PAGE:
# Thermal CFD Analysis of Tubular Light Guides

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## Abstract

**:**

## 1. Introduction

## 2. CFD Model

**Figure 2.**Result of the CFD simulation of a tubular light guide [23].

- Simulation of thermal profile and determination of heat loss through tubular light guides;
- Specification of potential condensation risks on internal surface of the light guide tube at the interface between the tube and the roof construction;
- Simulation of air flow within tubular light guides under specified boundary conditions.

- Outdoor temperature interval is set to −15 °C and +15 °C to correspond with the winter and spring/autumn seasons of the temperate climate of the Central Europe region;
- Indoor temperature +20 °C and relative humidity of indoor air 50%.

#### 2.1. Physical Models

^{9}. The laminar model was created in accordance with the already published articles focused on the laminar convection in air cavities [26,27].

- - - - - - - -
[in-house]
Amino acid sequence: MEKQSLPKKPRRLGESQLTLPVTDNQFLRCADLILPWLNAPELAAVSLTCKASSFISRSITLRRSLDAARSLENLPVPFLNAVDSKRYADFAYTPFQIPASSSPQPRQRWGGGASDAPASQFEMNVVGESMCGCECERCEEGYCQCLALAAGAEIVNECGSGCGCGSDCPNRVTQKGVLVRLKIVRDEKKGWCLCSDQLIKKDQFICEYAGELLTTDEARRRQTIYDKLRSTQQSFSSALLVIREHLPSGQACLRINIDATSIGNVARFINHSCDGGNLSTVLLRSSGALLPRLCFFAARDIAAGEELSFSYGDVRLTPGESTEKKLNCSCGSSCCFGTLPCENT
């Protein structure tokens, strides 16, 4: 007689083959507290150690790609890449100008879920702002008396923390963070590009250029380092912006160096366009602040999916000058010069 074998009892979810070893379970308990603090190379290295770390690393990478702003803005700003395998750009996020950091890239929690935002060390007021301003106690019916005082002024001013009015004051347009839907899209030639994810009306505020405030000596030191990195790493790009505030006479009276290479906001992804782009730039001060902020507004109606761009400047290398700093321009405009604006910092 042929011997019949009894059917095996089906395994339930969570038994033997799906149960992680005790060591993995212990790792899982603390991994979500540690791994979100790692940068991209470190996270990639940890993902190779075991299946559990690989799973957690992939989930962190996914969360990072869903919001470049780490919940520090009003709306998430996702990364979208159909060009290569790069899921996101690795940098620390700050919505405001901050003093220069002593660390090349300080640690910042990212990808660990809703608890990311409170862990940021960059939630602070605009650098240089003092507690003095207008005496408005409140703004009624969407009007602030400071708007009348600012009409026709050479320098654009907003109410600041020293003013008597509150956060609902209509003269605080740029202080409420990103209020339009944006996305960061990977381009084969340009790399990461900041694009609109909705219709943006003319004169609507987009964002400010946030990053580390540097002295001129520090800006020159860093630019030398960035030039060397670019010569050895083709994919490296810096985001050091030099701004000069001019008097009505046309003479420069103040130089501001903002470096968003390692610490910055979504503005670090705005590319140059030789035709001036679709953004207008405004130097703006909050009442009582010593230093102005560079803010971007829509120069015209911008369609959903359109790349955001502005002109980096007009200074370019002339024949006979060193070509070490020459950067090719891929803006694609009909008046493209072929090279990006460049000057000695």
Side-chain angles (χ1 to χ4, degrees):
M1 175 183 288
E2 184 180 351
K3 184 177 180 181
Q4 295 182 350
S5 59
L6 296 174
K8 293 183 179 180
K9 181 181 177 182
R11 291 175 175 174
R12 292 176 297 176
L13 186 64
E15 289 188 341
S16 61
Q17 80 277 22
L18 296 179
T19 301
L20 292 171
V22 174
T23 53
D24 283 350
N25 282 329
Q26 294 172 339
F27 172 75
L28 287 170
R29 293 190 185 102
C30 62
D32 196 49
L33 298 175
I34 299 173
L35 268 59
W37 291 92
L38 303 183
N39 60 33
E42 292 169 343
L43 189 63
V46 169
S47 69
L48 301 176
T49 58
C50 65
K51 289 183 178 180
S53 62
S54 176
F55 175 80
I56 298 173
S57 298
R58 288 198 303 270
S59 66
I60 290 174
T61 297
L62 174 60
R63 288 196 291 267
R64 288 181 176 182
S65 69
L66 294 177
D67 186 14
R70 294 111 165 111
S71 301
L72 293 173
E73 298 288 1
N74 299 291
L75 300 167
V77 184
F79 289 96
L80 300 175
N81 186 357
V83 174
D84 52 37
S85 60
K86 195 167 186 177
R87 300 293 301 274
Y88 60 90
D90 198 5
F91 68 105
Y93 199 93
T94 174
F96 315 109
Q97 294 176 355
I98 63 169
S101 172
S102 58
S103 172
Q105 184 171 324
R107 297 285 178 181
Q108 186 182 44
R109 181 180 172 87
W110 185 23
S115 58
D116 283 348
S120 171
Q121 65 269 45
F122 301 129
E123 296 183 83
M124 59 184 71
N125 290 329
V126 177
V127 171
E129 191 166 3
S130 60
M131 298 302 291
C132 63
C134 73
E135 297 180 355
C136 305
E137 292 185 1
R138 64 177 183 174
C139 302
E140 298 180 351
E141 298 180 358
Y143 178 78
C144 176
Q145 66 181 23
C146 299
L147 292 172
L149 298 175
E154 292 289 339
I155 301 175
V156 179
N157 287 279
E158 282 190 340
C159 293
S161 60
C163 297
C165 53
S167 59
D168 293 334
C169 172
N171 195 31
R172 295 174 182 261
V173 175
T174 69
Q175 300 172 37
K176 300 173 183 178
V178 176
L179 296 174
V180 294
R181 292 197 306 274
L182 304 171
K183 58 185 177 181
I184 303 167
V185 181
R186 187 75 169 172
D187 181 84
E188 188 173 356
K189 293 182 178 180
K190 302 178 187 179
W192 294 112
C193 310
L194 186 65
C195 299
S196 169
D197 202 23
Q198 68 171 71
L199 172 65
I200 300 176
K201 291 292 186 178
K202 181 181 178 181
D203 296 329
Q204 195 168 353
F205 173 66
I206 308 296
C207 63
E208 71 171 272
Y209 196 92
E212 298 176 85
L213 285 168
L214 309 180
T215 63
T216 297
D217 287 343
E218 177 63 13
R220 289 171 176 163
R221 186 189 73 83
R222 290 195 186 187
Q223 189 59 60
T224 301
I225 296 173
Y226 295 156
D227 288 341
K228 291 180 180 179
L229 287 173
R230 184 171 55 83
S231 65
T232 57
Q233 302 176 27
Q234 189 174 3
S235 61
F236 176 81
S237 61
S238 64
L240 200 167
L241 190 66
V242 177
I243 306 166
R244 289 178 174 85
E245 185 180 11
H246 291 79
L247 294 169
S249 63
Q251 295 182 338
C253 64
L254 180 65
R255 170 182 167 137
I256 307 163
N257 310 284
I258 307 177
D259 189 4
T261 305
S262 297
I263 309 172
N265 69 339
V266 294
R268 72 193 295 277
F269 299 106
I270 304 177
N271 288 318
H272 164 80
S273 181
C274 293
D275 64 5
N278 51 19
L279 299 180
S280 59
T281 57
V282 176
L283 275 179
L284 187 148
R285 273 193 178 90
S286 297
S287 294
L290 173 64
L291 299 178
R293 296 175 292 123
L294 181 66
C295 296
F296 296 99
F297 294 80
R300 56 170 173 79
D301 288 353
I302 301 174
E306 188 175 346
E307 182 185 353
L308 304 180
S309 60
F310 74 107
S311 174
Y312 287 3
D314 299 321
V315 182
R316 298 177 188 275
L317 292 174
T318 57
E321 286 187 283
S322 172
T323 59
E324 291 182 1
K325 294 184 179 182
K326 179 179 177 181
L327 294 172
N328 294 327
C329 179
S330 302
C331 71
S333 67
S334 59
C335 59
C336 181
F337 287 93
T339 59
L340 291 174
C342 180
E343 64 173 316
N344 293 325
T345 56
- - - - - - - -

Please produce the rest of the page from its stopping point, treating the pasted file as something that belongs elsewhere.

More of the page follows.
#### 2.2. Geometric Models

**Figure 3.**The 3D model, geometry, materials and boundary conditions [23].

**Figure 5.**Meshes and geometric types: (

**a**) Initial-structured 3D mesh; (

**b**) boundary adapted 3D mesh; (

**c**) Very fine structural 3D comparative mesh; (

**d**) Non structured 2D rotation symmetrical mesh. Scheme of the geometric models considered; (

**e**) 3D-cylinder; (

**f**) 3D/4-quadrant; (

**g**) 2D rotation symmetrical segment.

- The mesh adaptation on the internal surfaces of the light guide serves for the fine discretisation of boundary layers. It is essential for the simulation model accuracy;
- Widening of the horizontal mesh distances in the detail of the roof construction connected with the light guide tube is useful for reduction of the simulation time;
- 3D model discretisation of very thin metal tube (thickness 1 mm) needs the discretisation of millimetre fractions in the tube and also in the part of the roof construction that is in contact with the tube. The very fine discretisation extends the simulation time;